2000AD, PROG 2098 REVIEW

by Gavin Johnston on September 12, 2018

Writers: TC Eglington; Gordon Rennie; Lawrence Rennie; Emma Beeby; Kek-W; Dan Abnett
Artists: Staz Johnson; Neil Googe; John Burns; Karl Richardson; Mark Harrison
Colourists: Gary Caldwell; Abigail Bulmer
Letterers:  Annie Parkhouse; Ellie De Ville; Simon Bowland
Publisher: Rebellion

The Justice department begins its strike back against the Sons of Booth in part 4 of Judge Dredd: the Booth Conspiracy. “There are a lot of moving parts”, warns Chief Judge Hershey. And she’s right. We launch into a five page, complex plan involving faked footage, a military convoy and a dead President, with the Judges and the Boothers trying to outsmart each other. Its a concise set-up for a final battle, with not a panel wasted in setting the scene and building character.


The Final Girls will survive this slasher movie at all costs, even if it means using Clive and Sam as stereotype bait. Dressed in horror-film-fodder costumes, the pair are forced into the woods to await their fate in Survival Geeks: Hack ‘n Slash. Meanwhile, Rufus and Clive have been collecting reluctant assistants of their own, with the plan to take the fight to the Slashers. Survival Geeks is huge fun, packed with a love for all things geeky, but with none of the contempt found in most stories about sci-fi fans. It understands and plays with the tropes of the genre. It’s also filled with fun details - Clive’s obsession with detail, the jump scares being saved up for later, and Rufus’s Death Star paraphernalia. Survival Geeks is joyous, funny and consistently surprising. 


The confusion of The Order: The New World bursts into action once more. With Danny fatally injured, the gang find off a wyrm attack. The Order’s close up action, unwillingness to engage in any explanation or recap can make it difficult to follow.  Its occasional forays into German, French and pseudo-scientific jargon, just add to the madcap adventure. For all its seriousness and layered characters, The Order is a silly story about a bunch or people and a giant robot fighting against aliens.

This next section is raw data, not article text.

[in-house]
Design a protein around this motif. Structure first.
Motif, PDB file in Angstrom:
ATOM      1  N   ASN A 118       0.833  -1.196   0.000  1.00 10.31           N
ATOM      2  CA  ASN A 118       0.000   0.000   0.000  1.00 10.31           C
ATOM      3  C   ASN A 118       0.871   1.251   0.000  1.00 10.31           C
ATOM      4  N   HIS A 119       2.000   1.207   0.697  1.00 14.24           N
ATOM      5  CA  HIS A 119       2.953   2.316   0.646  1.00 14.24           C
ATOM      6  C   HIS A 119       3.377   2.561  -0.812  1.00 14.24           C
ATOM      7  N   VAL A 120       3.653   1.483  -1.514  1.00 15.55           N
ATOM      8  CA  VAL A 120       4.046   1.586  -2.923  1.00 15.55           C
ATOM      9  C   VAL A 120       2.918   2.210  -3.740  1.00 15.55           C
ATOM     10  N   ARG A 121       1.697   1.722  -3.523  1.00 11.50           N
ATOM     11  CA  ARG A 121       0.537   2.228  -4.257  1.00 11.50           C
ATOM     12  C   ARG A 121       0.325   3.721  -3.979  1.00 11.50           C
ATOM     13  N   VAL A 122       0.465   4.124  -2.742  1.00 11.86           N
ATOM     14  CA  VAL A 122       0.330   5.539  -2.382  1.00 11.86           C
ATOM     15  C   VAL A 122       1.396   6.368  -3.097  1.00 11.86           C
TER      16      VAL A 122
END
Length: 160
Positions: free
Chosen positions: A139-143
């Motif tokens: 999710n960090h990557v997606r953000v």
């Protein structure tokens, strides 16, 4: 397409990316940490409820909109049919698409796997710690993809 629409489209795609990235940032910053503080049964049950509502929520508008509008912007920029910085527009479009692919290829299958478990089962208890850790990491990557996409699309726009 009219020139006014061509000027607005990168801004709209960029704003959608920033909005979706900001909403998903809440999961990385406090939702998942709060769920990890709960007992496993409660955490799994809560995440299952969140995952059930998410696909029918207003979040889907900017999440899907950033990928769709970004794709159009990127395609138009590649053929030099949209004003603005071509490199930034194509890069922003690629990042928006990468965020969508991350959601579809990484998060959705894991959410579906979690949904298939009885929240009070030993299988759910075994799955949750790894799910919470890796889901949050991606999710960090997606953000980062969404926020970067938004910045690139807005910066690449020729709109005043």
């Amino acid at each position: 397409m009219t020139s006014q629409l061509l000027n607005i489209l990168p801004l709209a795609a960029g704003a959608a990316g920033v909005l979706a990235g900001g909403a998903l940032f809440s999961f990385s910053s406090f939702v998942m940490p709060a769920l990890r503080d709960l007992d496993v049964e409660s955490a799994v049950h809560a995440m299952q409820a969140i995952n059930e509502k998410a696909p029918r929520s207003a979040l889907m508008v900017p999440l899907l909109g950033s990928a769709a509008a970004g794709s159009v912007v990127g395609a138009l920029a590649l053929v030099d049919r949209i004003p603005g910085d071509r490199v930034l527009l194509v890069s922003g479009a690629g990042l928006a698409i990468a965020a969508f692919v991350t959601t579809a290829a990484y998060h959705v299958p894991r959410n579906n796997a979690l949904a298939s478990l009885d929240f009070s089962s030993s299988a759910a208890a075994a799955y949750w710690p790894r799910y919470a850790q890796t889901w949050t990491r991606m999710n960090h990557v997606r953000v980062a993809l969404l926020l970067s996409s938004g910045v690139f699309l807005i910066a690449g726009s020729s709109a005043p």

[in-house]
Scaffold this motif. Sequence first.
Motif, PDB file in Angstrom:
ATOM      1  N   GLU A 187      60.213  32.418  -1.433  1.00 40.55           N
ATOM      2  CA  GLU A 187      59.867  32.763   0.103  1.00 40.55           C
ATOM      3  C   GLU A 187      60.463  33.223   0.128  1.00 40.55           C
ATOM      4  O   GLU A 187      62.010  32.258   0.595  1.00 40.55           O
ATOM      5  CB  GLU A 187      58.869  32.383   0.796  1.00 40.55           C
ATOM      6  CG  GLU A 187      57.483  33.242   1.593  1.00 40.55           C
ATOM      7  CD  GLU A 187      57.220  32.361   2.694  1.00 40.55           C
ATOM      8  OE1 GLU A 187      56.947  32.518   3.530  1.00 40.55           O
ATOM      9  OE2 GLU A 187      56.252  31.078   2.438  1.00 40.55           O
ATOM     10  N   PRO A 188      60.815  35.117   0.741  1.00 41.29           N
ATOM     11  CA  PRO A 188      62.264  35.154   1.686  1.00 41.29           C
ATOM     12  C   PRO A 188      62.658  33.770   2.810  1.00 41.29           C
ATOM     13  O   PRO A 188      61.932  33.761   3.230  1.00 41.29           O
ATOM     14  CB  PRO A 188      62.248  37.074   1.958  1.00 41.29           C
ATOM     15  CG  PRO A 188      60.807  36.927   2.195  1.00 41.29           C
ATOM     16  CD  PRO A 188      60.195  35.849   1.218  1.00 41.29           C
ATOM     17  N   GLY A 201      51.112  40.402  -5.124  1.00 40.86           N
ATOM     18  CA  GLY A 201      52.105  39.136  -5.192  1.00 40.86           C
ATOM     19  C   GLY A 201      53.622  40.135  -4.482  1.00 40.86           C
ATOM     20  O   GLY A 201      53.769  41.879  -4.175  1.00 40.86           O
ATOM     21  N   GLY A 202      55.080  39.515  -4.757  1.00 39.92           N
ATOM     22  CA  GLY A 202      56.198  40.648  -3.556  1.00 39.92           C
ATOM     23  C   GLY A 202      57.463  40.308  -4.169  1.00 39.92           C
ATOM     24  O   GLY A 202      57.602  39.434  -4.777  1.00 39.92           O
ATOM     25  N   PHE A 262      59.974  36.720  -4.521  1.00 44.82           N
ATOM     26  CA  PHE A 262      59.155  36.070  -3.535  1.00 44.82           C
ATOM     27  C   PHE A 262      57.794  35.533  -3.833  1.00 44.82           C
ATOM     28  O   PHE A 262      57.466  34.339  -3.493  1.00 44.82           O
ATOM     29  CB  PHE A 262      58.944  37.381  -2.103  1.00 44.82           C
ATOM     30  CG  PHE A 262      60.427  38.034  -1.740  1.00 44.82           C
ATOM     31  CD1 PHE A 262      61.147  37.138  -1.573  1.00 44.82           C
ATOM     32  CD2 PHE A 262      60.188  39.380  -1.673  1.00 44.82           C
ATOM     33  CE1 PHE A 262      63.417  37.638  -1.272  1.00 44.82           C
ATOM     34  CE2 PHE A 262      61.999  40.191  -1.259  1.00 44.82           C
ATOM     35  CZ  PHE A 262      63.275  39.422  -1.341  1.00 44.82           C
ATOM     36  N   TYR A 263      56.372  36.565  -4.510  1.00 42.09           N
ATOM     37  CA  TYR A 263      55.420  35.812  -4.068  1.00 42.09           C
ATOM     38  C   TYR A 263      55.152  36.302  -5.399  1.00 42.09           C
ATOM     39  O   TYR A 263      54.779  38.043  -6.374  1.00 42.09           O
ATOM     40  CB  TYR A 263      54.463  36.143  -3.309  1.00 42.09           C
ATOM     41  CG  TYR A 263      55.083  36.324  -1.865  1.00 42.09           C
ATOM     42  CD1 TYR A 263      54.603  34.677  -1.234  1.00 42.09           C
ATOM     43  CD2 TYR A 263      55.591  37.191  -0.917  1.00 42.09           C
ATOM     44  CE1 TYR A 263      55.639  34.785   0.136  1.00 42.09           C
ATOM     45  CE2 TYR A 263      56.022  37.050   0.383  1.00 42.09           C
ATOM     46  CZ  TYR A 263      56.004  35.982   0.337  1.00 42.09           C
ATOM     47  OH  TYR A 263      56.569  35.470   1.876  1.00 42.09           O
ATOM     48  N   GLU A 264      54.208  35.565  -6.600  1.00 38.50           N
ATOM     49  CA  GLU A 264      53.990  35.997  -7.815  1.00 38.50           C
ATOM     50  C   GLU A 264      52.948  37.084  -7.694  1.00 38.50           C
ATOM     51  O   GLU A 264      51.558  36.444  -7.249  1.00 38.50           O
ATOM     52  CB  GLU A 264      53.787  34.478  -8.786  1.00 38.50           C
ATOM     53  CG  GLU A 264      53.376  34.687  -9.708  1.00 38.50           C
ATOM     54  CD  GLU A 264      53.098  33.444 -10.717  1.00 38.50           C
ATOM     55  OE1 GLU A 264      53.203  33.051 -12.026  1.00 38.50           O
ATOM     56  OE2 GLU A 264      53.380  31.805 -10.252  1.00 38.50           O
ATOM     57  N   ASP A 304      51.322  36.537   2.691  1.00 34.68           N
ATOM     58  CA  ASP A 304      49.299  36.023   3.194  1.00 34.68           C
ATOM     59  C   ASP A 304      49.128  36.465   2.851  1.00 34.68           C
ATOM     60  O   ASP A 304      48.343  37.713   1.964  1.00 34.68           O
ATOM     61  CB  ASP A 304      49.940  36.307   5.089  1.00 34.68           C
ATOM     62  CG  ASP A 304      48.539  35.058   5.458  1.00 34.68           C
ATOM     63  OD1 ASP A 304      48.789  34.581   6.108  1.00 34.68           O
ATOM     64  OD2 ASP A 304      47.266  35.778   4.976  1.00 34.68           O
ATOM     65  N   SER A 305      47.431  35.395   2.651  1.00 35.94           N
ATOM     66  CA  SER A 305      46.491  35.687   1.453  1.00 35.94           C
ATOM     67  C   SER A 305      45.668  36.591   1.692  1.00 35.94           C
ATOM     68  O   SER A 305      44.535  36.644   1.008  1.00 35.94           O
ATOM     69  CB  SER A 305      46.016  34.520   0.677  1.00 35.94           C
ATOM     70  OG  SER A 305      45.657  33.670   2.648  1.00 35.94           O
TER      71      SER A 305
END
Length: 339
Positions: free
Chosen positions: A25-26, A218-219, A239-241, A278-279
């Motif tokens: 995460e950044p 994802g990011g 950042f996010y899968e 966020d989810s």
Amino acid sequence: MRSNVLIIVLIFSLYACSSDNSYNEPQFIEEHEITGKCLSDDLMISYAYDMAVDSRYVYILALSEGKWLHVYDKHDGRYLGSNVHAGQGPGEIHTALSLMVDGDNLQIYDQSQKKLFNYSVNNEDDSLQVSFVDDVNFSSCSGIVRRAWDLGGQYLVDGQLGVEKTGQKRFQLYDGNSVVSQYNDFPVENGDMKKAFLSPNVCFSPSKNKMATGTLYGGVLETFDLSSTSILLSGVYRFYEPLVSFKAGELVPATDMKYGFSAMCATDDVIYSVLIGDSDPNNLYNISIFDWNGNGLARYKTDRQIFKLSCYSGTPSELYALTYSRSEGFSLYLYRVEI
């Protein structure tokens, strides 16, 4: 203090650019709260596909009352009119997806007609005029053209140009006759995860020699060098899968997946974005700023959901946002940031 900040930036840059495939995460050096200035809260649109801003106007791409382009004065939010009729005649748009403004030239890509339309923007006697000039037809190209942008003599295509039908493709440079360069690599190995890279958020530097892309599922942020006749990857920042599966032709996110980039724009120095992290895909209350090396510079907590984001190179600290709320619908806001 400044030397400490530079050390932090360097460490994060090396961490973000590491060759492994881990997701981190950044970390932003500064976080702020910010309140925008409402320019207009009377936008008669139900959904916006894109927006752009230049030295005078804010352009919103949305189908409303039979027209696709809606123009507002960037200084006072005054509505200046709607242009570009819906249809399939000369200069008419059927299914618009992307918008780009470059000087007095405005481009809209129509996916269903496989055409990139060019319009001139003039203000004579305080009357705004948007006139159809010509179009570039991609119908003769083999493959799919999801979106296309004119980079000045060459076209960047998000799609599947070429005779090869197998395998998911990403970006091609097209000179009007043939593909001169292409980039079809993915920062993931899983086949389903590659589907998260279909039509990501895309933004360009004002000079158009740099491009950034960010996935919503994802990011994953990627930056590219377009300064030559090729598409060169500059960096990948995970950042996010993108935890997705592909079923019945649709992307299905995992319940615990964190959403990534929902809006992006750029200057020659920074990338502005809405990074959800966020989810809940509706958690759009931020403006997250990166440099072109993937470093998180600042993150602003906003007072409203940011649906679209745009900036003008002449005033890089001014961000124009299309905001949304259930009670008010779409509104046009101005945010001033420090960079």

The history of the steam-powered giant is further investigated in Mechastopheles: True Faith. Seven parts in, and we’re still without any real explanation of who the scary little girl is, or why this world is in such a mess. Still though, layers are added to this universe and its history, and flashbacks give glimpses of the star’s origin. It’s very well put together, slowly delivering background as we go, and new details being discovered amid the action. Artwise, it’s a strange beast – great designs here and there, but whole scenes lacking any background. Mechastopheles is an intriguing idea, with an entirely original world and a whole host of varied characters. But we’re closer to the end than the beginning, and it looks like Mechastopheles won’t be reaching a satisfying conclusion any time soon.


There are twists and turns galore in Grey Area: Every Dirty Job. Amid the fast-moving action, there’s a carefully constructed conspiracy built on the back of quiet moments. Mark Harrison’s art continues to be glorious, packed with lens flare and pixilated screens, with great design, (although its a little disappointing that female lead Birdie thinks it’s a good idea to wear cut-off jeans to a meeting with the boss). Grey Area is always smart. It’s a confident satire on the issues of immigration and the populist backlash it inspires. Rather than providing an extended tale, it is split into smaller, stand-alone tales, which seamlessly tie together into wonderful and intelligent arcs. It looks like Grey Area wont return until next year, but it’s going to be worth waiting for.

Our Score:


A Look Inside